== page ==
CHARLIE: Yeah, it did, you know. We met Seth MacFarlane and met guys that did it, and it was fantastic. It was great to do it. That’s shown round the world all the time and it’s as funny as fuck.
MD: Yeah, and you got beaten up by Peter Griffin!
MD: Somebody else said in a YouTube comment - “I reckon you could mosh to this”. That was a comment under the ‘I’m Gonna Be…’ video. Have you ever had that kind of audience reaction?
CHARLIE: We’ve had some fairly boisterous people at the front over the years. I think it’s evened off a bit. In Scotland for a while there was a slightly Pogues-type audience, even back in 2001/2/3/4 but, again, that’s evened off a bit and thankfully there’s a lot more women there. We’re very lucky with it; you get a good balance.
MD: Somebody else said - “Facial hair would suit them”. Have you ever thought about growing beards?!
CRAIG: No! Our dad had a beard for most of his adult life but it’s never appealed to me at all.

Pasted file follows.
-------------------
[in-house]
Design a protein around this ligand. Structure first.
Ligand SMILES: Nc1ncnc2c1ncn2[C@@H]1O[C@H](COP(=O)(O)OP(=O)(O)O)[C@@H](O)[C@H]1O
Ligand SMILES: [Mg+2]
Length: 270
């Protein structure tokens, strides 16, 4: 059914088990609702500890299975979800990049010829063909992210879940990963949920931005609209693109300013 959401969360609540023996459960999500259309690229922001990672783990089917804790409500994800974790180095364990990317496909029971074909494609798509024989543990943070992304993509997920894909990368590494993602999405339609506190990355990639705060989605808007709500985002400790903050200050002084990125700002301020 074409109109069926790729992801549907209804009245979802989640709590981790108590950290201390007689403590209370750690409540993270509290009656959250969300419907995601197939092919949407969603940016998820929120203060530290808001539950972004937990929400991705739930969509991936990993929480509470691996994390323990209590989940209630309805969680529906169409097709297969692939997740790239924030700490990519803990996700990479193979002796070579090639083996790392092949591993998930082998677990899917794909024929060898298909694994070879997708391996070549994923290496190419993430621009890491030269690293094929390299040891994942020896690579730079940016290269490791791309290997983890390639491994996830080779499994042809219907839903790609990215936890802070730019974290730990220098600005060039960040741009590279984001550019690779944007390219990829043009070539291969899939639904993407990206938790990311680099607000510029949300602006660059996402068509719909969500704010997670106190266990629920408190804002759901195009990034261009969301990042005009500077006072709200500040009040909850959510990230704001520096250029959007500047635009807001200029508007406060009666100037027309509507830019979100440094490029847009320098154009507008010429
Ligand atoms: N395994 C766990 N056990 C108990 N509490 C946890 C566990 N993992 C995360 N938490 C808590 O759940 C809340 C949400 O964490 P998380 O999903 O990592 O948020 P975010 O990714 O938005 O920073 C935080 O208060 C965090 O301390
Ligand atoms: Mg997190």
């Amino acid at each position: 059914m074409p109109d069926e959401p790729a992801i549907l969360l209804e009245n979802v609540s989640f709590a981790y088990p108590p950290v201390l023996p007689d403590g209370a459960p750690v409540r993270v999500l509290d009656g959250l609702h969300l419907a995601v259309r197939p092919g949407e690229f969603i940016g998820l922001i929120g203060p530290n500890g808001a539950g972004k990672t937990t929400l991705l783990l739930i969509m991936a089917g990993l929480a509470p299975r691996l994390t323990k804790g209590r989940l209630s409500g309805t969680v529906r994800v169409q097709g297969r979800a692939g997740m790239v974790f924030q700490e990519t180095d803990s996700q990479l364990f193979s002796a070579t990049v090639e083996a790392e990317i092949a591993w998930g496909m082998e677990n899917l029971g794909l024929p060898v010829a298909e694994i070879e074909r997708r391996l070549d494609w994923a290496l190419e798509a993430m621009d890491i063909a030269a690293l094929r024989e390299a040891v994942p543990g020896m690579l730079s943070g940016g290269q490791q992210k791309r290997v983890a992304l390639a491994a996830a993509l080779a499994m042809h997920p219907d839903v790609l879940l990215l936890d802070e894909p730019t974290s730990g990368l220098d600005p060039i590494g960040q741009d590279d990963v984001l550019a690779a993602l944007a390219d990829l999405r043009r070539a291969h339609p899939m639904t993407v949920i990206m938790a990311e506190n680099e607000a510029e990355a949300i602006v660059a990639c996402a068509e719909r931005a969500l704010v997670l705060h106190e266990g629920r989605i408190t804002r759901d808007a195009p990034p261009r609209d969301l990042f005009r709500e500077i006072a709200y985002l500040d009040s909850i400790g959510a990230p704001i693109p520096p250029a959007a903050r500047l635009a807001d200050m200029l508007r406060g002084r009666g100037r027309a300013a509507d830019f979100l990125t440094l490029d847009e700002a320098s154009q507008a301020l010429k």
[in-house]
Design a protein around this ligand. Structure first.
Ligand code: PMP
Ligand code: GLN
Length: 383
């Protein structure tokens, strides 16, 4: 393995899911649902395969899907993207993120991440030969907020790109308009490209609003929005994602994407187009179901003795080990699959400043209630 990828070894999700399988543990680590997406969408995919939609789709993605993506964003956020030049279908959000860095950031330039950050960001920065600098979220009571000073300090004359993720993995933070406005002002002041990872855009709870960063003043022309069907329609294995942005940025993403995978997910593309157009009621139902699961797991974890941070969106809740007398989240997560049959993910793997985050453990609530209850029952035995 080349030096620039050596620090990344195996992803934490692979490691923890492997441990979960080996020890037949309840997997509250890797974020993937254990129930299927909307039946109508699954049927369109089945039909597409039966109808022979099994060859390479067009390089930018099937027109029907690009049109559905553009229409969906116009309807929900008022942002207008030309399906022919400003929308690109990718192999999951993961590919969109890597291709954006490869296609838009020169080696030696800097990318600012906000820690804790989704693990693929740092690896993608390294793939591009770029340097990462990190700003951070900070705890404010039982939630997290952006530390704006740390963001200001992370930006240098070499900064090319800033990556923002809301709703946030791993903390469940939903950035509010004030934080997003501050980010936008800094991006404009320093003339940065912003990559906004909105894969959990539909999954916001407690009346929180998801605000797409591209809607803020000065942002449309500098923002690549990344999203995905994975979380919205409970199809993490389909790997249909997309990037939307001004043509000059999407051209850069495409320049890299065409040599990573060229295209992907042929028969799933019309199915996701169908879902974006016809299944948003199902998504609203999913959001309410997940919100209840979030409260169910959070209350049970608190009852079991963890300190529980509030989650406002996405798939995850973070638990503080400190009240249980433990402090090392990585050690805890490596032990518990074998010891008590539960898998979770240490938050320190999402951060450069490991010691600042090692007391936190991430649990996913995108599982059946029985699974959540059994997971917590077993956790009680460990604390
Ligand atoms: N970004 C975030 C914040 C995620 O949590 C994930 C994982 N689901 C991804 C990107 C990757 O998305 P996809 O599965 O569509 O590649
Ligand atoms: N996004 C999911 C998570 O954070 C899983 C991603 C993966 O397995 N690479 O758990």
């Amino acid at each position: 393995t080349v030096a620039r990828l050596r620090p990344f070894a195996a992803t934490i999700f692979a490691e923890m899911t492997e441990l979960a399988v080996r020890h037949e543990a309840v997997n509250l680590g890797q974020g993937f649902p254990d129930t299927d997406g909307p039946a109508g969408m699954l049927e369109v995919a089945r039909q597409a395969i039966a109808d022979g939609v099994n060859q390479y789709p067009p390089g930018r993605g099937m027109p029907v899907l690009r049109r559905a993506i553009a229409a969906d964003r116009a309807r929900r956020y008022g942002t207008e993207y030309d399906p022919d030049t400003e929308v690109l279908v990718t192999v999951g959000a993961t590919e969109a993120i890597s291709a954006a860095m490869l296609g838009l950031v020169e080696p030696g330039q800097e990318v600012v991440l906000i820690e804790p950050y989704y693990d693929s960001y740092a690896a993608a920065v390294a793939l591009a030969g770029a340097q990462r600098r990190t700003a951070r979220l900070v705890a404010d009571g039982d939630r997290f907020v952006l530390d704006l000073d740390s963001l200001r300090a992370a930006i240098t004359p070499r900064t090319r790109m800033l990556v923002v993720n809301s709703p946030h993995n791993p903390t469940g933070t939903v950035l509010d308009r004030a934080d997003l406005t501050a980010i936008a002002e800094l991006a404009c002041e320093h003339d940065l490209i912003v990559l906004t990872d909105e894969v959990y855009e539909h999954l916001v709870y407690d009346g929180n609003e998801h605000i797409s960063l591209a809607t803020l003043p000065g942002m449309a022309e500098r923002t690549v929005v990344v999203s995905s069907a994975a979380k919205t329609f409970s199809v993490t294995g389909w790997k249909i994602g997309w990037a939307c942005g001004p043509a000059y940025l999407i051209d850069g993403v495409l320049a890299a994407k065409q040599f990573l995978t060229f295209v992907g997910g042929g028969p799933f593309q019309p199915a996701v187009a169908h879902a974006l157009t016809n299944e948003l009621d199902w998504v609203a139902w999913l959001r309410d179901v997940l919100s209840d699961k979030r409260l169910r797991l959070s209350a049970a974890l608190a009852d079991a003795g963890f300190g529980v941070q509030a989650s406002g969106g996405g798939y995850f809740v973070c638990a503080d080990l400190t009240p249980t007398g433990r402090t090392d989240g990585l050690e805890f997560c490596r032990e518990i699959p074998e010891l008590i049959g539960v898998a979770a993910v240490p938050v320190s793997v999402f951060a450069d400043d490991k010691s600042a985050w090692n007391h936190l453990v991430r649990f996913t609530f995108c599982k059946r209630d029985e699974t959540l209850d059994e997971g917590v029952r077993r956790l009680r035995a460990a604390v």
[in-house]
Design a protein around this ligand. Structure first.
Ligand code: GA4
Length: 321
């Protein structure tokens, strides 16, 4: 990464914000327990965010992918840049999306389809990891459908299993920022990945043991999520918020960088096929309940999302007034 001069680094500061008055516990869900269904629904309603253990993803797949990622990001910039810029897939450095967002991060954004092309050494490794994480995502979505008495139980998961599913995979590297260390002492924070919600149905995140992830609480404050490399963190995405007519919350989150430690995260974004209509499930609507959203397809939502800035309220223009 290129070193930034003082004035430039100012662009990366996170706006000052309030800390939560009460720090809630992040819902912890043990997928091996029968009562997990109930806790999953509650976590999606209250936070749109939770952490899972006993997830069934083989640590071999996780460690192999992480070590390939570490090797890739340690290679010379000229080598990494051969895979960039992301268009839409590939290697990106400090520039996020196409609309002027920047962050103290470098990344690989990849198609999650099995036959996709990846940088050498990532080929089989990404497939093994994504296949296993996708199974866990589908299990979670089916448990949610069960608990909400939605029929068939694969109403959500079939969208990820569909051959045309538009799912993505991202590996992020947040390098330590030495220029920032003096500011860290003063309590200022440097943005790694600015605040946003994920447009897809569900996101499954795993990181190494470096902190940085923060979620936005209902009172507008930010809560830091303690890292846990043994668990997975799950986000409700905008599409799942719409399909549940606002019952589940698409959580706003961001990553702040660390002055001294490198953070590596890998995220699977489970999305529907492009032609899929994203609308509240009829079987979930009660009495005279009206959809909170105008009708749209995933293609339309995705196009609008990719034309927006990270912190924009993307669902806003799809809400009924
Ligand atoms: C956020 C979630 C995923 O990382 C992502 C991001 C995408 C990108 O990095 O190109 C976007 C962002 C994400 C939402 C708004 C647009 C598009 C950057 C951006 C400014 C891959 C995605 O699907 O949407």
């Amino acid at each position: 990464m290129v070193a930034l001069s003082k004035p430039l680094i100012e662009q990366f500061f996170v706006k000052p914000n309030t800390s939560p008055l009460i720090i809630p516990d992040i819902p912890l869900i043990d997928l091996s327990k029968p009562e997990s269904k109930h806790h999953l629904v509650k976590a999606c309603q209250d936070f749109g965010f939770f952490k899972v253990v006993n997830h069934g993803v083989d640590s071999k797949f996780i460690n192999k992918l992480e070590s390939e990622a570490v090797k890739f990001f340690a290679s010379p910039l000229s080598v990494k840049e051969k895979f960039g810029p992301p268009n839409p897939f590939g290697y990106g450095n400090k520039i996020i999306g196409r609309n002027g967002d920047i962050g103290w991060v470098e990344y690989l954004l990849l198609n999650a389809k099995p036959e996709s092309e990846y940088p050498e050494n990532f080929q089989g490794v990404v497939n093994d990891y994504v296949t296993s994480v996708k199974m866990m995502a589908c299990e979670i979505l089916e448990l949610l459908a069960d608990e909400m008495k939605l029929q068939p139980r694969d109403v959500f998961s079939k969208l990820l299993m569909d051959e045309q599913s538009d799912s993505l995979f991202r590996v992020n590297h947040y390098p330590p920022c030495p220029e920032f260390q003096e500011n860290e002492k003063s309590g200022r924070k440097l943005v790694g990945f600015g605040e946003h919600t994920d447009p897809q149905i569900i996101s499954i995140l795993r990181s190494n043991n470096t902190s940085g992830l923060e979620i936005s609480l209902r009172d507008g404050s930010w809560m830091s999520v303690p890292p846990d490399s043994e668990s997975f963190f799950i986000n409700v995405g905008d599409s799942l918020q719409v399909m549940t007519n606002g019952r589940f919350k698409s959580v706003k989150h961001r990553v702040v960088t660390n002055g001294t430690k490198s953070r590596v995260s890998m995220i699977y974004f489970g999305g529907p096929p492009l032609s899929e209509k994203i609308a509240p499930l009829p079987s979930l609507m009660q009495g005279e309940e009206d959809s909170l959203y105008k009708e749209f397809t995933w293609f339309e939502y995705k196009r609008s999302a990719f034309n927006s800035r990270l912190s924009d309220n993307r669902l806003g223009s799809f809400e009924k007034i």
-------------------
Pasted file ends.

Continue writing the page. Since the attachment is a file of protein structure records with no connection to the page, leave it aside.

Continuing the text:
CHARLIE: I think if I wanted to disappear for a while I definitely would do it.
MD: The last one here, somebody said - “Those glasses are legendary”. Have you ever considered abandoning them for contacts onstage or do you always have to have them as part of the act?
CHARLIE: I wear contact lenses generally when I’m out and about in Edinburgh, and I would certainly consider getting the laser thing done but, even if I did, these of course you’d keep them onstage.
MD: So you’d have a fake pair of glasses onstage.
CHARLIE: That’s what people recognise us for and that’s what we’ve always been.
MD: They’re part of your costume, I guess.